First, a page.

“Female candidates get treated differently than male candidates and especially conservative female candidates. And so that’s the double whammy,” she told me. “And there’s all kinds of theories as to why, but I think it’s very clear if you look at the treatment of Sarah Palin, Michele Bachmann, my race.”

O’Donnell is right, and I get the feeling this isn’t the last time Bachmann’s detractors will use humiliating techniques to sexualize and attempt to de-legitimize her views. Which is pretty unfortunate, considering her views could really stand to be de-legitimized on their own merits.


H/t Bryce Covert.

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23 Comments

  1. Posted August 17, 2011 at 4:40 pm | Permalink

    Obviously this is a problematic and sexist thing to say for all the reasons you state, but Richter never said the orgasms had to come from men. (Though that may be implicit)

    • Posted August 17, 2011 at 6:39 pm | Permalink

      agreed.

    • Posted August 17, 2011 at 8:39 pm | Permalink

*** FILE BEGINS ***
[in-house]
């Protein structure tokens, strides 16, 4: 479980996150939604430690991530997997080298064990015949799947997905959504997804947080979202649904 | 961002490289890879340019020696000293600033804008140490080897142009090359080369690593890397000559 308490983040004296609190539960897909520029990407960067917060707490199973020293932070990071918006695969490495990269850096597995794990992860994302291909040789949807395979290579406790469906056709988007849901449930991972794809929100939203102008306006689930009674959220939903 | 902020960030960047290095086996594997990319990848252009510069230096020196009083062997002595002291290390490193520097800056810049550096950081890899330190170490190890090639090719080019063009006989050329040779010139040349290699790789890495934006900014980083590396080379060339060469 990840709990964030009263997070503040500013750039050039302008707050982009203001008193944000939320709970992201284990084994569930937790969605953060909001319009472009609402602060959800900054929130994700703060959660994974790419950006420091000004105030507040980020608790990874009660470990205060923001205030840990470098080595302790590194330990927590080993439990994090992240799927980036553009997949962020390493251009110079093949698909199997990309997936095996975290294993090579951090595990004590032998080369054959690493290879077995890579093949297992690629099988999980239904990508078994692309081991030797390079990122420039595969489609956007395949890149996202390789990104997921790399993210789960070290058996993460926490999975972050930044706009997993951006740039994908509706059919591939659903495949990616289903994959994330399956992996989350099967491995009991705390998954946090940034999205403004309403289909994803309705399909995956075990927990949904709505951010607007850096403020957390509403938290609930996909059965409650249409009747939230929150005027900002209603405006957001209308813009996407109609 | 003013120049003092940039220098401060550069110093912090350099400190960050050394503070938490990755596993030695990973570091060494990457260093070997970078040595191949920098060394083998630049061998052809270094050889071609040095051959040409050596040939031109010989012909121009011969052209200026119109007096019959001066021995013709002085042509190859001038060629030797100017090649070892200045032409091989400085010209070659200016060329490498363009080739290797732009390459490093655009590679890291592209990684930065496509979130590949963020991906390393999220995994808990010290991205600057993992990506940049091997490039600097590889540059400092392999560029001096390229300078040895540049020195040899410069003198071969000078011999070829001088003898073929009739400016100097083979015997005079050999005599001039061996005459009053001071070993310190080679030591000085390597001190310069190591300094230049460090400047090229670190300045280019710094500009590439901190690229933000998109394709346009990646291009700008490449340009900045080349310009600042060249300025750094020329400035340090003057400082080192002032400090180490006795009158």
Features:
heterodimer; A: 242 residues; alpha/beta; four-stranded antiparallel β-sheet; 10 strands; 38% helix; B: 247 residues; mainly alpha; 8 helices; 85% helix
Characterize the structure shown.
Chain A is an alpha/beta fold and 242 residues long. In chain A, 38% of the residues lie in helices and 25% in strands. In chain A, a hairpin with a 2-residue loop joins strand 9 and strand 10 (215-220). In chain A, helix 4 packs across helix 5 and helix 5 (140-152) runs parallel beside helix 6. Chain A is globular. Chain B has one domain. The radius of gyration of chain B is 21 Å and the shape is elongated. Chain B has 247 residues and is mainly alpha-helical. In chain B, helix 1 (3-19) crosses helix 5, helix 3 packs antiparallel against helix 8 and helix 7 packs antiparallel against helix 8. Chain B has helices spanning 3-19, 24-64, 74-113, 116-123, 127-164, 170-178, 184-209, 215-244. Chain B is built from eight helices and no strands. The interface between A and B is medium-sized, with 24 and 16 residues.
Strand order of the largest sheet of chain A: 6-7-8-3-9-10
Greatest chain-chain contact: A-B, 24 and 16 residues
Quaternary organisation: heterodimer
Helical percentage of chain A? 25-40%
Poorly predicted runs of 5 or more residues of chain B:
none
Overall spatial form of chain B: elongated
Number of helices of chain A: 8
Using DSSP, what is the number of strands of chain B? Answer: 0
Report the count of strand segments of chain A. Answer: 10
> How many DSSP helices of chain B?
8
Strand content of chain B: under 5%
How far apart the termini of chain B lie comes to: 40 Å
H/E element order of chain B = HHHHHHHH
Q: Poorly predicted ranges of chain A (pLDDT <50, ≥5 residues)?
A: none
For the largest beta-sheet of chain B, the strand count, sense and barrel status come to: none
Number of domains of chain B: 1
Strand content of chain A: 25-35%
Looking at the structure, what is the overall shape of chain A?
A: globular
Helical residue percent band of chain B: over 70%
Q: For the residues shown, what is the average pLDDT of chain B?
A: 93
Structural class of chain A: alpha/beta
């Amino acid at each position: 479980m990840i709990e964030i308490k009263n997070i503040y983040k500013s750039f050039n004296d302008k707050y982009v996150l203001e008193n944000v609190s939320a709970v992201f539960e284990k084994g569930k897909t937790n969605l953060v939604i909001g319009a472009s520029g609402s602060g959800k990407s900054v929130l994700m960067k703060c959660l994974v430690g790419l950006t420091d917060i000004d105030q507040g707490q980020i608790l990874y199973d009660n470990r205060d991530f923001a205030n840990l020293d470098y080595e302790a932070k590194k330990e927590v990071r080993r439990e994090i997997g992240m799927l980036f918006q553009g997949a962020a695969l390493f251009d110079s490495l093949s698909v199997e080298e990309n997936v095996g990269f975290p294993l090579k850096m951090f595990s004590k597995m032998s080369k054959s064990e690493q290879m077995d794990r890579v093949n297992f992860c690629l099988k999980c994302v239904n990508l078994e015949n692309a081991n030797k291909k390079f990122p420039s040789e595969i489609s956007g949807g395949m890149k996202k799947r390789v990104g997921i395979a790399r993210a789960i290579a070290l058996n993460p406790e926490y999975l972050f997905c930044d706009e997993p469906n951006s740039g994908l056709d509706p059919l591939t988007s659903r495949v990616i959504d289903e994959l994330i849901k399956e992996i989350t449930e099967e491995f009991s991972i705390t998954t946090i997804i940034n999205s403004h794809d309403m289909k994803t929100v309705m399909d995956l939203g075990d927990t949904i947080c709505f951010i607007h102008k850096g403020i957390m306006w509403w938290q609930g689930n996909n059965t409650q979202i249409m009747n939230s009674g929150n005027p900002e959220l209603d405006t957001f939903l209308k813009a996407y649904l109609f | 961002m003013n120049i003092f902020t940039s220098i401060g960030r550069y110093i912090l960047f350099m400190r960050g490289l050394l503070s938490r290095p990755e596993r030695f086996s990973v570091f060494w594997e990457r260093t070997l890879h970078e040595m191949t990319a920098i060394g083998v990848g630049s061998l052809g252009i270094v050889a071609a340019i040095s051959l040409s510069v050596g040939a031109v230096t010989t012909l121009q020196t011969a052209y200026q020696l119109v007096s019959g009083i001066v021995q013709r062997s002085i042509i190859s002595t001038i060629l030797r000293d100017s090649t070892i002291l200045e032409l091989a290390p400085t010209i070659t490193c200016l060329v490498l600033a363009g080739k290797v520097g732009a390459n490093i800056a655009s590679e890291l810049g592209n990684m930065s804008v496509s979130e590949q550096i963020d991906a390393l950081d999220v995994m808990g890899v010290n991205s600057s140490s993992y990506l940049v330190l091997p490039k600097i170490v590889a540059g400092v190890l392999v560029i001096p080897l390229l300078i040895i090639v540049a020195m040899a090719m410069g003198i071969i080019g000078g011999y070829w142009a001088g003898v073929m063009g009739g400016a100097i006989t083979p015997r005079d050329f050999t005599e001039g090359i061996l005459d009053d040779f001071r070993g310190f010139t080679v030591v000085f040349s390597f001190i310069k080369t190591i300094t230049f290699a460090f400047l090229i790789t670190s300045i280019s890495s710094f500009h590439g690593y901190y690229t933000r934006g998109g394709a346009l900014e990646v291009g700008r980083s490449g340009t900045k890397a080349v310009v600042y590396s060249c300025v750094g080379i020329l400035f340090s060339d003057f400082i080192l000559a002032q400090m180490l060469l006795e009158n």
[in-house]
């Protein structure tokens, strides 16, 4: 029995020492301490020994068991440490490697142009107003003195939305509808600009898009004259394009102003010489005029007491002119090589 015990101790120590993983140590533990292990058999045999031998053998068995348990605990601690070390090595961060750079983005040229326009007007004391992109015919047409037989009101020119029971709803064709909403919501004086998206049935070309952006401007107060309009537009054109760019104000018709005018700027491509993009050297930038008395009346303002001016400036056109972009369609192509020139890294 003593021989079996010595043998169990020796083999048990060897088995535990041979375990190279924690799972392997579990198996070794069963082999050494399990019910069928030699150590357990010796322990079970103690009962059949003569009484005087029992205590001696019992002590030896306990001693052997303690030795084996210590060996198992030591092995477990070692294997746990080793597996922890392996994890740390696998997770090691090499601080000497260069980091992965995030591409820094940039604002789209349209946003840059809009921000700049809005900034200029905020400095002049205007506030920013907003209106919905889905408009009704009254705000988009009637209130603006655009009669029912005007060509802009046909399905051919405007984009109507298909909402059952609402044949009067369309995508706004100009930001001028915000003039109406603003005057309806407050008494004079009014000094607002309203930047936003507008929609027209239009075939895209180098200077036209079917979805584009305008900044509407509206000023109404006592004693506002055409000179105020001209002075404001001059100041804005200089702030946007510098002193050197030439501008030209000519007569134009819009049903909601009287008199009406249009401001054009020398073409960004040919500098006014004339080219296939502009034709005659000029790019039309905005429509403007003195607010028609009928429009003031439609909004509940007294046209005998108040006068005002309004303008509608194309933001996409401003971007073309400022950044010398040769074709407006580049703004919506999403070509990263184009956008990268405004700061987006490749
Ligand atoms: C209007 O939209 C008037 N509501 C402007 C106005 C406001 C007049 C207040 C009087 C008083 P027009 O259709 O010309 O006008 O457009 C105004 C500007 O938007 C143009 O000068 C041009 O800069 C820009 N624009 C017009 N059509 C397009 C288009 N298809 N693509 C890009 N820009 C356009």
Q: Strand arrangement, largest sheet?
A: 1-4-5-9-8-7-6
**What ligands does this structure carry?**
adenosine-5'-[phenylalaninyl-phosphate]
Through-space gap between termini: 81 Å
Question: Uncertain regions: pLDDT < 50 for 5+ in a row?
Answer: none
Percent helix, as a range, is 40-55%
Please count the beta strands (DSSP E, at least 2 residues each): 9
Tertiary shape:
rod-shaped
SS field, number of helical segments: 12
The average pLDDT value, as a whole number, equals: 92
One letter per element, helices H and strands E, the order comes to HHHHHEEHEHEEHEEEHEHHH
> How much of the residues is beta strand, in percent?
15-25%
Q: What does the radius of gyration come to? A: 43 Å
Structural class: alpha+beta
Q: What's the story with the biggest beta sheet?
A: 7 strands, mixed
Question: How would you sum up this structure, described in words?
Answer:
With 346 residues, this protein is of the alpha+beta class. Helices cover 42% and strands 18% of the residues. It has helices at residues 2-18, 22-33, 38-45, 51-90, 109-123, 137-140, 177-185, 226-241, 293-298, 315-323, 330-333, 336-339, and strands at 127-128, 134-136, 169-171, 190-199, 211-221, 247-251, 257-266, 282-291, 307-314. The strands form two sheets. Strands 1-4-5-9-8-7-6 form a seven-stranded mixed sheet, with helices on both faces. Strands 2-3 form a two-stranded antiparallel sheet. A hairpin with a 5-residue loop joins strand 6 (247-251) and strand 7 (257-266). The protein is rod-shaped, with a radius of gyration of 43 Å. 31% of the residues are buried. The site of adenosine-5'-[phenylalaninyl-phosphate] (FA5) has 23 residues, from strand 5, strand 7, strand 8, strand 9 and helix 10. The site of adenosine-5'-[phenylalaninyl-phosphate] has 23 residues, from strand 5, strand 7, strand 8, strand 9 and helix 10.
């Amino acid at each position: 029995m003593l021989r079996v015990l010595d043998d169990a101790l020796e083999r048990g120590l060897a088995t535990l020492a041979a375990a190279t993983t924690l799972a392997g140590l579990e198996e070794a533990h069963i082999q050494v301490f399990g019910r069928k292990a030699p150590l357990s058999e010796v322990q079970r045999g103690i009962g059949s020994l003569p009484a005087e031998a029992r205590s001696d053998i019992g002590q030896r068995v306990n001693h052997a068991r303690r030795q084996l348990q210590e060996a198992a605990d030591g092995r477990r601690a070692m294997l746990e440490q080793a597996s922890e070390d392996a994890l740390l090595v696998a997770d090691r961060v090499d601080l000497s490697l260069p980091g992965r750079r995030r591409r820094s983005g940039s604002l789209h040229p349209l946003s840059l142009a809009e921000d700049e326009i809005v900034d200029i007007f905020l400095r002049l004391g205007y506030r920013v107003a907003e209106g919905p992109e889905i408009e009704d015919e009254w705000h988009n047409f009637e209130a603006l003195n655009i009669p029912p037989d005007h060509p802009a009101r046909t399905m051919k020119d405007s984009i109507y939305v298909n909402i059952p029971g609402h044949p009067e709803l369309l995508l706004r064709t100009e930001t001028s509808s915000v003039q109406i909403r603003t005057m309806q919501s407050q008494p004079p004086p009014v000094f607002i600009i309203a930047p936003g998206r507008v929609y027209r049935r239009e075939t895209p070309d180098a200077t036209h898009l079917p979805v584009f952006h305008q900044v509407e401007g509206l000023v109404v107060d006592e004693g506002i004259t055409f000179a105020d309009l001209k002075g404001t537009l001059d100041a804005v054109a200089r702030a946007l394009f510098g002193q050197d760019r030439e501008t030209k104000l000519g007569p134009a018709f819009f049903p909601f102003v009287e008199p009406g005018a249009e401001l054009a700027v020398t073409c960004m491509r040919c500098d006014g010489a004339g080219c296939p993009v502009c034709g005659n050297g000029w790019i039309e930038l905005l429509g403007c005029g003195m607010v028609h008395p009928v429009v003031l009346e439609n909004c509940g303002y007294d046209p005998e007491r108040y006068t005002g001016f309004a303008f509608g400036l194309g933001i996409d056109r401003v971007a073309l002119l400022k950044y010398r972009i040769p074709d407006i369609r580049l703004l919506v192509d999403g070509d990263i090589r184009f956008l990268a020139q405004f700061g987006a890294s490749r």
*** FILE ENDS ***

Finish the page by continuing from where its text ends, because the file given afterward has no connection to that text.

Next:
I was also going to point that out. The orgasm statement is sexist enough on it’s own without putting words into Richter’s mouth.

      And as for “Corndog Gate” I’m pretty sure there were many, many more pictures of male politicians involved in that than just Bachmann. Not sure how that story contributes to Bachmann sexism watch.

    • Posted August 18, 2011 at 1:02 pm | Permalink

      I agree with this totally. Actually the first thing that came to my mind was masturbation, not hetero sex.

      Does that make it any better? Well, not really. But perhaps not quite as bad. Female candidates seem to be sexualized immediately and often, whereas male candidates seem to only be overtly sexualized when they are embroiled in some sort of sex scandal, and even then, it’s not in the same way.

  2. Posted August 17, 2011 at 4:54 pm | Permalink